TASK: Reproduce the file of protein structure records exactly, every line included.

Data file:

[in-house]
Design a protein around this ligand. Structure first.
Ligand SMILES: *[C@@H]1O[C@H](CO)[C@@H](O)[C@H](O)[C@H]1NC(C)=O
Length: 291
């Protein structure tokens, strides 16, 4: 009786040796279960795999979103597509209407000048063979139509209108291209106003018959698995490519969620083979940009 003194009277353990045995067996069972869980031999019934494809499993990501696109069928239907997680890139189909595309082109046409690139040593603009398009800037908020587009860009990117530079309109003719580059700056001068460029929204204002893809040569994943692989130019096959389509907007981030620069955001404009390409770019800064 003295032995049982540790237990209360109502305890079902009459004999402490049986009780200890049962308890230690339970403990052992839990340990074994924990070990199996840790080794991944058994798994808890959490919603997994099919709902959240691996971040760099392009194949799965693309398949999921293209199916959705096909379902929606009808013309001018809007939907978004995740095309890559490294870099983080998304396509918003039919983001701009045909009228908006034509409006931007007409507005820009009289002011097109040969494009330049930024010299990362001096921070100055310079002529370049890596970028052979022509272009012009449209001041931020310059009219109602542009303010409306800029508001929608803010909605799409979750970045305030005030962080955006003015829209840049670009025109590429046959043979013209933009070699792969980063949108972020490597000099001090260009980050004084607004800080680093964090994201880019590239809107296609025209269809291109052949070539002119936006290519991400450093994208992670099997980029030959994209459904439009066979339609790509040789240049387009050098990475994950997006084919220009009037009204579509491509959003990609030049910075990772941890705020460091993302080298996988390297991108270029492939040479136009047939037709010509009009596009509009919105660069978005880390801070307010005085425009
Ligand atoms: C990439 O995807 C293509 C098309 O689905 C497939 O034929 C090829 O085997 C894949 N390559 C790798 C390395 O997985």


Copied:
[in-house]
Design a protein around this ligand. Structure first.
Ligand SMILES: *[C@@H]1O[C@H](CO)[C@@H](O)[C@H](O)[C@H]1NC(C)=O
Length: 291
């Protein structure tokens, strides 16, 4: 009786040796279960795999979103597509209407000048063979139509209108291209106003018959698995490519969620083979940009 003194009277353990045995067996069972869980031999019934494809499993990501696109069928239907997680890139189909595309082109046409690139040593603009398009800037908020587009860009990117530079309109003719580059700056001068460029929204204002893809040569994943692989130019096959389509907007981030620069955001404009390409770019800064 003295032995049982540790237990209360109502305890079902009459004999402490049986009780200890049962308890230690339970403990052992839990340990074994924990070990199996840790080794991944058994798994808890959490919603997994099919709902959240691996971040760099392009194949799965693309398949999921293209199916959705096909379902929606009808013309001018809007939907978004995740095309890559490294870099983080998304396509918003039919983001701009045909009228908006034509409006931007007409507005820009009289002011097109040969494009330049930024010299990362001096921070100055310079002529370049890596970028052979022509272009012009449209001041931020310059009219109602542009303010409306800029508001929608803010909605799409979750970045305030005030962080955006003015829209840049670009025109590429046959043979013209933009070699792969980063949108972020490597000099001090260009980050004084607004800080680093964090994201880019590239809107296609025209269809291109052949070539002119936006290519991400450093994208992670099997980029030959994209459904439009066979339609790509040789240049387009050098990475994950997006084919220009009037009204579509491509959003990609030049910075990772941890705020460091993302080298996988390297991108270029492939040479136009047939037709010509009009596009509009919105660069978005880390801070307010005085425009
Ligand atoms: C990439 O995807 C293509 C098309 O689905 C497939 O034929 C090829 O085997 C894949 N390559 C790798 C390395 O997985």